Week 2: Digging Deeper

Investigating movement with linear and slow in, slow out

Week 2 in Hertfordshire was spent trying to understand what is going on with linear and slow in and slow out motion. It also saw me looking at how I can integrate things better with other parts of ROS.

Monday was spent mostly looking at the difference between the linear movement and slow in, slow out movement ramps. This first involved fixing the linear movement to work correctly. Then, I turned to graphing the movement for both curves. I grabbed the velocity values from the simulator and graphed them against time. On the plus side, the graphs show what I was expecting.

Slow in, slow out velocity over time with different accelerations. Linear velocity over time with different accelerations.

The bigger surprise came with graphing velocity over distance a.k.a. the velocity profile that I mentioned in my papers:

Slow in, slow out velocity profile for different acceleration time. Linear velocity profile for different acceleration time.

If you are closely reading my papers, you may notice what I’m talking about. The curve is well, curving inward, which was not what I was expecting. But the result is less surprising when I thought about it. Basically, it shows that the velocity profiles I’ve seen in a certain ROS programming book is very idealized. It’s something I’ll write about more in my dissertation.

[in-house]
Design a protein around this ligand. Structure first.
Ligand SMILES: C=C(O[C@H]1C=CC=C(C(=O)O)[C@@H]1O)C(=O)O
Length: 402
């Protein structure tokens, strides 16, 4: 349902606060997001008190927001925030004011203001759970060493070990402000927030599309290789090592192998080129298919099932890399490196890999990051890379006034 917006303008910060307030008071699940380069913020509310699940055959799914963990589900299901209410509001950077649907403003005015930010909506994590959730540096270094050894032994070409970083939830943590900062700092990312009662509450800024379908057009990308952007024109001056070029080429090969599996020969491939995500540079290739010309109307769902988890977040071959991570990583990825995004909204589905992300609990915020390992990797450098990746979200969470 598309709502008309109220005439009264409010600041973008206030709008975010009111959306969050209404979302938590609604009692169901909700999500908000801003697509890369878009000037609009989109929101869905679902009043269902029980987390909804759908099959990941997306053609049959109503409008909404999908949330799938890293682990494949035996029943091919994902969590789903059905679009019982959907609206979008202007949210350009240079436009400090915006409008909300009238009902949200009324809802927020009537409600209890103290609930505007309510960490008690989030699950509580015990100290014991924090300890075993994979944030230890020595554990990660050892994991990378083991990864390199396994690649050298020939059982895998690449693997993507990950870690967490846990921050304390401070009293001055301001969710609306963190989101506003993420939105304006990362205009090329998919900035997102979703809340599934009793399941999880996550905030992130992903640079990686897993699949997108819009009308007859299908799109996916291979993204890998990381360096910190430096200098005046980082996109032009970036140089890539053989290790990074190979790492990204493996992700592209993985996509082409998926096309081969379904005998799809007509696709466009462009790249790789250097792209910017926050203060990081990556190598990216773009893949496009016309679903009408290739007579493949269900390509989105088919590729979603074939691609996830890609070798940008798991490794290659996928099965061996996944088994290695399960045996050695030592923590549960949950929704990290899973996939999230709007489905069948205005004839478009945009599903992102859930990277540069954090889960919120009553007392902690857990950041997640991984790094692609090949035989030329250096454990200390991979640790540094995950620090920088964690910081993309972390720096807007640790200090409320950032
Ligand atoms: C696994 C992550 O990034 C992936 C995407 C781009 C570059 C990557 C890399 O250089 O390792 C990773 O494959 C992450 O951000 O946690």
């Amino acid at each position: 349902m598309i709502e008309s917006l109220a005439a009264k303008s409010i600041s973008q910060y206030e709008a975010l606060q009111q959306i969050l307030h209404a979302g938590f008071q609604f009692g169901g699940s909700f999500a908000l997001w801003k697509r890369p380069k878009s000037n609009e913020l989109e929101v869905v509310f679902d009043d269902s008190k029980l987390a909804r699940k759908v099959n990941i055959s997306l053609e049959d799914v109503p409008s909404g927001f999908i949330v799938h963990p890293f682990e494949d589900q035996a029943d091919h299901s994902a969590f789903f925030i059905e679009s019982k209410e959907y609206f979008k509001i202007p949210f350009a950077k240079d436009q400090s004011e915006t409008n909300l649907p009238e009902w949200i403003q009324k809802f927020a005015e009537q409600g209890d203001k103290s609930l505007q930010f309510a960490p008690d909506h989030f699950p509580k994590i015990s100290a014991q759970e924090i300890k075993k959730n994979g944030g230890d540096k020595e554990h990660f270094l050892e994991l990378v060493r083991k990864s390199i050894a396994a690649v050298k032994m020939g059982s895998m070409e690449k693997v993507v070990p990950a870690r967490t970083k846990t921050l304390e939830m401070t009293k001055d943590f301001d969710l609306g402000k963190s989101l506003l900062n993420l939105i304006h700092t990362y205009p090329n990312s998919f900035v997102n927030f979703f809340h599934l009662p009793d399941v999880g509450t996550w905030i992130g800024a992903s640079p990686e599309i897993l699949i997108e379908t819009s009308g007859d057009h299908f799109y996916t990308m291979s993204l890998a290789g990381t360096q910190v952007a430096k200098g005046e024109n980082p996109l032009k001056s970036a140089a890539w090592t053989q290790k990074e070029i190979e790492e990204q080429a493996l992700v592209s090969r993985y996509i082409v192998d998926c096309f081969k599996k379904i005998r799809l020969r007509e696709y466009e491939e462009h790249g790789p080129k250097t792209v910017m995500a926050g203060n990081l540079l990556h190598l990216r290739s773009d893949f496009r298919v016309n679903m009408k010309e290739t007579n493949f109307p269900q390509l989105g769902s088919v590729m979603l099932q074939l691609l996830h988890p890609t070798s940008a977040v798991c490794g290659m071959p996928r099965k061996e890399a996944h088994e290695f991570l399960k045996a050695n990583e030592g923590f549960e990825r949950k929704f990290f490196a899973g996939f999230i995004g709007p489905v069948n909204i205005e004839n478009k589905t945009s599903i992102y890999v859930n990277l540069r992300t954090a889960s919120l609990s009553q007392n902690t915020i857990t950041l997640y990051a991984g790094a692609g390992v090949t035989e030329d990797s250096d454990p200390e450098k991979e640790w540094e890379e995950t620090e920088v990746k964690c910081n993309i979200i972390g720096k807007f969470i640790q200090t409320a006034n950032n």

But there were more than just making graphs. I also got to spend some time again at Robot House and run the different velocity ramps on Fetch. I took some videos in slow motion and some videos at regular speed. Looking at the footage on the phone, I felt that there was no difference, but after editing the videos down, I can see that there is a noticeable difference between the two. Here’s two videos. First, the linear motion:

Then, the slow in and slow out motion:

The rest of the week, I spent trying to understand the ROS navigation system. The idea was to see if the node that I had written could fit into the navigation system, the reason for that is that I can make use of other systems that are already available in that system (for example, localization and corrections that are done by the system). There’s a lot of stuff to examine here, and it took me time to wrap my head around everything. The upshot is that by the end of the week, I at least know where I need to adjust things (the local planner), and I can load my own custom version of it. I’ll have to examine and move fast on this next week and make a final decision for the evaluations in England. The plus side is that it should help with other works in MECS in Oslo.

Speaking of moving fast, I also need to finish up the Ethics application, and that means coming up with a full scenario. I have found possible ways to recruit, but to do that I need to get all the paperwork done and approved. If I can finish that next week too, I’ll be in pretty good shape.

Otherwise, I got to meet more of the staff and students in the adaptive systems group. They are a pretty good bunch.

To close out the post, I sighted a fox on my bike ride this morning! I’ll take it as a sign of good luck as a fox doesn’t cross my path every day. Here’s the (blurry) proof.

A fox running through a pasture